He refers to TNS as a company which offers to them protection from external threat at the crossing point, distribute the goods to Juba and other towns for a fee. “Our duty is to cross the crocodileinfested river to Uganda, buy the products and cross back to Nimule. We then count the number of rolls to the company that will now handle the later processes,” says the dealer. At another open-air market in Juba’s Gudele suburb, Ashraf Andama, a local dealer from Uganda’s West Nile region, is busy haggling over the price with a seemingly stubborn client.

Andama tries to explain that a police raid at one of the distribution points necessitated the hike in price, but the client would hear none of it. The client, fondly referred to as Yaba which literally means an elderly man, loudly questions the wisdom of the police raiding the distribution point. “How do you stop the sale and consumption of a product whose selling points are equaling the number of pubs in Juba?” Yaba poses.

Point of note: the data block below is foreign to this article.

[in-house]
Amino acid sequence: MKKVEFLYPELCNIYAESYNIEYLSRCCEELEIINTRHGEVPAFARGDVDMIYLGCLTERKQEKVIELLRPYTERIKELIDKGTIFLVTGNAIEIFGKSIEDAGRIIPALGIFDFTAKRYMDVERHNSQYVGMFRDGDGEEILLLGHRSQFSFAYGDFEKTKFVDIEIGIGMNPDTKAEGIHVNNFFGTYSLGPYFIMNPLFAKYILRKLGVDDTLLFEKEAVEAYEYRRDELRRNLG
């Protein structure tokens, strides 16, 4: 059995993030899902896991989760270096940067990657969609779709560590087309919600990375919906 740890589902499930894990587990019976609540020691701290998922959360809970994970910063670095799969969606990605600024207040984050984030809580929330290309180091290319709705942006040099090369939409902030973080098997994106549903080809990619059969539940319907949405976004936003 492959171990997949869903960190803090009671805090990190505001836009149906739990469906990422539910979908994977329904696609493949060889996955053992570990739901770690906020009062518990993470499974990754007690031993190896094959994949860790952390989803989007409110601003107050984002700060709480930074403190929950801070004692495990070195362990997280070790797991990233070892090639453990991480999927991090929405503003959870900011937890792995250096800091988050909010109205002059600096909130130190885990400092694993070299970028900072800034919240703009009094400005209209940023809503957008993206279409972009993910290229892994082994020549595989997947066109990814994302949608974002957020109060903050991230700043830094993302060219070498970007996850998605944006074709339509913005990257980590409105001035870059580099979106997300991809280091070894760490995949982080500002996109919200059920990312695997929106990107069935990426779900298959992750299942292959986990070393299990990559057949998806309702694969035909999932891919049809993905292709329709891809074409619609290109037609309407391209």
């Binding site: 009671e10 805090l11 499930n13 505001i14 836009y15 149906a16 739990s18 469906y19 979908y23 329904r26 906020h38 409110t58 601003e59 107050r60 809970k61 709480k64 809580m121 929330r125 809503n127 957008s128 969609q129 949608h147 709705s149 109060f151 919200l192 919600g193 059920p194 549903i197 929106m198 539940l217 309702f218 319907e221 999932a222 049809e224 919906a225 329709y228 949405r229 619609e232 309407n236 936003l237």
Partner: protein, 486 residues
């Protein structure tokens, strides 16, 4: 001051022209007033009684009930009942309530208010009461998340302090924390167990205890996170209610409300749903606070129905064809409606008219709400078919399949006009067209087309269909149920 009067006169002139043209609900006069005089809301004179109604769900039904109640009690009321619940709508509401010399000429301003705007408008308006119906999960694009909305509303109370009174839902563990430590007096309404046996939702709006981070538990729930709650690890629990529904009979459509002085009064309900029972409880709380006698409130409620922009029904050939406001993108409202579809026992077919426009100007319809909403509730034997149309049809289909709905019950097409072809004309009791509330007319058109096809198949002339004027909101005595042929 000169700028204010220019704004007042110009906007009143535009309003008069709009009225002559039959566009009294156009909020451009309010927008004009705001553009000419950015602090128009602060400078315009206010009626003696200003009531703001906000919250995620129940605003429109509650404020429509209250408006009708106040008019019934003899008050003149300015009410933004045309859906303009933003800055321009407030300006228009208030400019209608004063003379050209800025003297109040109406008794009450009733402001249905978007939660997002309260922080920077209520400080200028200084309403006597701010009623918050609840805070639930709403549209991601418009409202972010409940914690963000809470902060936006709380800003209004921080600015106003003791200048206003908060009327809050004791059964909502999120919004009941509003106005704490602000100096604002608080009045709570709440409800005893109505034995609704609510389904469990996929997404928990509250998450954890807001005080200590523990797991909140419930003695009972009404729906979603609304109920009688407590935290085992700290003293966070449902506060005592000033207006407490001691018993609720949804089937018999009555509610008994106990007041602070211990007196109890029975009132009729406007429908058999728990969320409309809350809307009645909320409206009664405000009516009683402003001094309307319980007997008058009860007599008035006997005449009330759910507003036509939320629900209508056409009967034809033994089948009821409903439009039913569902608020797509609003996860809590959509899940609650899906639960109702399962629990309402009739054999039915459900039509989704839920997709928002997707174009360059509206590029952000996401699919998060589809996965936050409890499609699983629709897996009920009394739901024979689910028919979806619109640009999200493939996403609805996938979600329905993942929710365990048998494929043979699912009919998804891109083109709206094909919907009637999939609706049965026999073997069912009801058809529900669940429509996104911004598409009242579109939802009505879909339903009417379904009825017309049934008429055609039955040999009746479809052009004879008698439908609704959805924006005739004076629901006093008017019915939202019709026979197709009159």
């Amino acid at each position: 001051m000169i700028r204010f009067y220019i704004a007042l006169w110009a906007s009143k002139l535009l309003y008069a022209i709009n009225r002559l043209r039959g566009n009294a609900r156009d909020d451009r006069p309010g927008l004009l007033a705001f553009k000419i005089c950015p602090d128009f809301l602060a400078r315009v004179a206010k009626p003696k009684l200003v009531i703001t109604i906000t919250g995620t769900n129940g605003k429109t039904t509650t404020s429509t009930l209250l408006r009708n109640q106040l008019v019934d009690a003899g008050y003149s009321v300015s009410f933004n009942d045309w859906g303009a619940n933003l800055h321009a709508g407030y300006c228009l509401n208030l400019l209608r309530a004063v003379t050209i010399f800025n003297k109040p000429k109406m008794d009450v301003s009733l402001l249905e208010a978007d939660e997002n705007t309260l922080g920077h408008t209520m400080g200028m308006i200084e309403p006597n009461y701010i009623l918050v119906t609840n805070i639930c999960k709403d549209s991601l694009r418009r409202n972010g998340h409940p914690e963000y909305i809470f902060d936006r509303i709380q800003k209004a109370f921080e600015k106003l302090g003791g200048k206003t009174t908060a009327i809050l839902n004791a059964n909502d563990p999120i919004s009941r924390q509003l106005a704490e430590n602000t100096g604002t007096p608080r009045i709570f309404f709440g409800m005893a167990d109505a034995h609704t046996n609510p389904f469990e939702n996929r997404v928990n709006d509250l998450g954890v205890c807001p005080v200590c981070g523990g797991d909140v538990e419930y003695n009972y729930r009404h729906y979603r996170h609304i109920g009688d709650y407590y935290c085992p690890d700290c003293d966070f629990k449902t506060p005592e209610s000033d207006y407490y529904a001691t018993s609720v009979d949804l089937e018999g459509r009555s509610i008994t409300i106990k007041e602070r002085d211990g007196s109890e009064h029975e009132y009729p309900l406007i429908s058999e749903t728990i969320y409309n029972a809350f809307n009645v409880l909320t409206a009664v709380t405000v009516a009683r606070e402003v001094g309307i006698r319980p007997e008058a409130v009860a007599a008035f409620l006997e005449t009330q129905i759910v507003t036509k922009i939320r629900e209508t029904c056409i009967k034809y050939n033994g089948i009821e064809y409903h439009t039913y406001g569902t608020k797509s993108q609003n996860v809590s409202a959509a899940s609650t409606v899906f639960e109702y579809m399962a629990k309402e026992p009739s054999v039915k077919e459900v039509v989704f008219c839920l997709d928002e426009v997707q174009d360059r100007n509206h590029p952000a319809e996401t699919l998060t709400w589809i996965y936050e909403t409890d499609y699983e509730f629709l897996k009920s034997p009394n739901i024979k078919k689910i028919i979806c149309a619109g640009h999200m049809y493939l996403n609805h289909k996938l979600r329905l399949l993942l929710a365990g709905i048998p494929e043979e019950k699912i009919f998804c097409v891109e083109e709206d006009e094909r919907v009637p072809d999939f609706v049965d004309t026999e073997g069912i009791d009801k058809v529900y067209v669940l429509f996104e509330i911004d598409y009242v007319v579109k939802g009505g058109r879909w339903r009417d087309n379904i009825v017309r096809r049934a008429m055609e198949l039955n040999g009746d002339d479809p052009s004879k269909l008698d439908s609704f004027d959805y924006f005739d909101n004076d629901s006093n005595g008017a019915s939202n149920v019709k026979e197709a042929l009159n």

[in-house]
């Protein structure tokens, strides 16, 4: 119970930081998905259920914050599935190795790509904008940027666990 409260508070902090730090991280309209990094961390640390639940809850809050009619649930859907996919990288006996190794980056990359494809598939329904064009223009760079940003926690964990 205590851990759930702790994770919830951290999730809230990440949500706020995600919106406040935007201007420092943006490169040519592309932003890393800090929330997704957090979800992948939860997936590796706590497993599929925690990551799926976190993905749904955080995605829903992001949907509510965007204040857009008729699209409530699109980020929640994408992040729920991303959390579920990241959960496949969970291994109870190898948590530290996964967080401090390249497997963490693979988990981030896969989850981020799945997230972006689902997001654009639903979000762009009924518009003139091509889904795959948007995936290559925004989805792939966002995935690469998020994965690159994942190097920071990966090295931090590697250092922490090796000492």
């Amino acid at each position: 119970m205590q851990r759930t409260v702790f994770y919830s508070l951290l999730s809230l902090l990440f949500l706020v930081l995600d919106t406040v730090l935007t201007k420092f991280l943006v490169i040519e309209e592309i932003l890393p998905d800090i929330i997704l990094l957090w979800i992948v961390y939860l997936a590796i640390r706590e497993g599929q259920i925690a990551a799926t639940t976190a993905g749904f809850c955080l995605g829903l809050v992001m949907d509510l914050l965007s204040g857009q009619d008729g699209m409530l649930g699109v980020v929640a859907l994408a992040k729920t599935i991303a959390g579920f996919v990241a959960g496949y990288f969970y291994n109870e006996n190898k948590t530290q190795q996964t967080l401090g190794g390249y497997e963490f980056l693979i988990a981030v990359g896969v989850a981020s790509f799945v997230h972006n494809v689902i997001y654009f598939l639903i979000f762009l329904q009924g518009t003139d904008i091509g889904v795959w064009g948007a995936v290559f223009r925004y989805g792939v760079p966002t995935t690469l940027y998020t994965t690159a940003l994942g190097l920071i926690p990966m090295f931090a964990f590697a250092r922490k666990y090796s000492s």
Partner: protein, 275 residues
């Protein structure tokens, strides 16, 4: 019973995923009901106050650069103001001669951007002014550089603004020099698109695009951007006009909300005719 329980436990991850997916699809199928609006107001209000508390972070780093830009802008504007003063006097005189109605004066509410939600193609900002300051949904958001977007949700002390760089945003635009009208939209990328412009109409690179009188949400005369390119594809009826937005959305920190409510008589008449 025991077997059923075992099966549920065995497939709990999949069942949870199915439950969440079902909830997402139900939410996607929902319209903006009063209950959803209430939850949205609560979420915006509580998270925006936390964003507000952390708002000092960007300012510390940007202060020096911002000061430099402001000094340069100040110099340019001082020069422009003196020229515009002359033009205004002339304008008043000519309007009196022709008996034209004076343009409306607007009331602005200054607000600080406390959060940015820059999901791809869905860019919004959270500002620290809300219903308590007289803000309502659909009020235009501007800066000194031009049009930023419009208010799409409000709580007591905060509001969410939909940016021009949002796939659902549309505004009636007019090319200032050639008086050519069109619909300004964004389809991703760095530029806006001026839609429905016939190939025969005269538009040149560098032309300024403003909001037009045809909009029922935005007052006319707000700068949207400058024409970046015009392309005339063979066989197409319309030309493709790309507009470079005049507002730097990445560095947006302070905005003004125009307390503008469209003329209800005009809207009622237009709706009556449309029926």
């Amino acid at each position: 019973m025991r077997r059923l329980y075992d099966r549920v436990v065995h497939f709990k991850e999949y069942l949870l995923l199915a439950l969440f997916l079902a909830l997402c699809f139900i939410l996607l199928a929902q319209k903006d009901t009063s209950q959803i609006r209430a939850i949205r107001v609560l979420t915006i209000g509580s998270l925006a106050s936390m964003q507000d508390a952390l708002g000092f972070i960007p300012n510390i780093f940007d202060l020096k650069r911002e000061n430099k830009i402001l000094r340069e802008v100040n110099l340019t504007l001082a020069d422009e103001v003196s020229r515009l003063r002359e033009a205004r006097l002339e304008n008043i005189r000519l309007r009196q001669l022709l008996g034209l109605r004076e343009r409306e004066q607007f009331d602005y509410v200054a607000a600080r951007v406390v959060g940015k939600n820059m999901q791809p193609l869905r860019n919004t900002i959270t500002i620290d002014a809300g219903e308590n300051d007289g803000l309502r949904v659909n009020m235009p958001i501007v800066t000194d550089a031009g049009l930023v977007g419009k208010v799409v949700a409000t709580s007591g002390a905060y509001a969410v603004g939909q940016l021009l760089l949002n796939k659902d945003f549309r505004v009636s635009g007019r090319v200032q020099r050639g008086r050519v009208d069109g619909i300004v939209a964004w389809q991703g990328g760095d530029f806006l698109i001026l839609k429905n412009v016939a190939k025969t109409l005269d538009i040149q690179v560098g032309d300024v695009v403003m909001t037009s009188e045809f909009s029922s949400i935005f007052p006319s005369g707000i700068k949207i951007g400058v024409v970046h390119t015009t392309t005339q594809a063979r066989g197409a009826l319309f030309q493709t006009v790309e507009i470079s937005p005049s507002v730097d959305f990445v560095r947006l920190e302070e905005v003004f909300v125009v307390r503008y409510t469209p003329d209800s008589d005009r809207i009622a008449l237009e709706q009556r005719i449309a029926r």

He further accuses those against Khat of double standards because Khat is never grown in Juba. “Let them go and stop it from entering it into the country but not us the consumers,” he says. Many people in Juba, including parents and teachers tend to agree with Yaba, putting the security operatives on the spot.

“This is a fight that we have lost years ago, we should just legalise it like alcohol and focus on treating its health and social impact to our society,” says Andrew Sebit, a resident of Atla Bara. However, with the continued silence and lack of strong pronouncements from the authorities, the community is not sure of what role to take. For TNS and the likes of Akec and Osa, it is business as usual.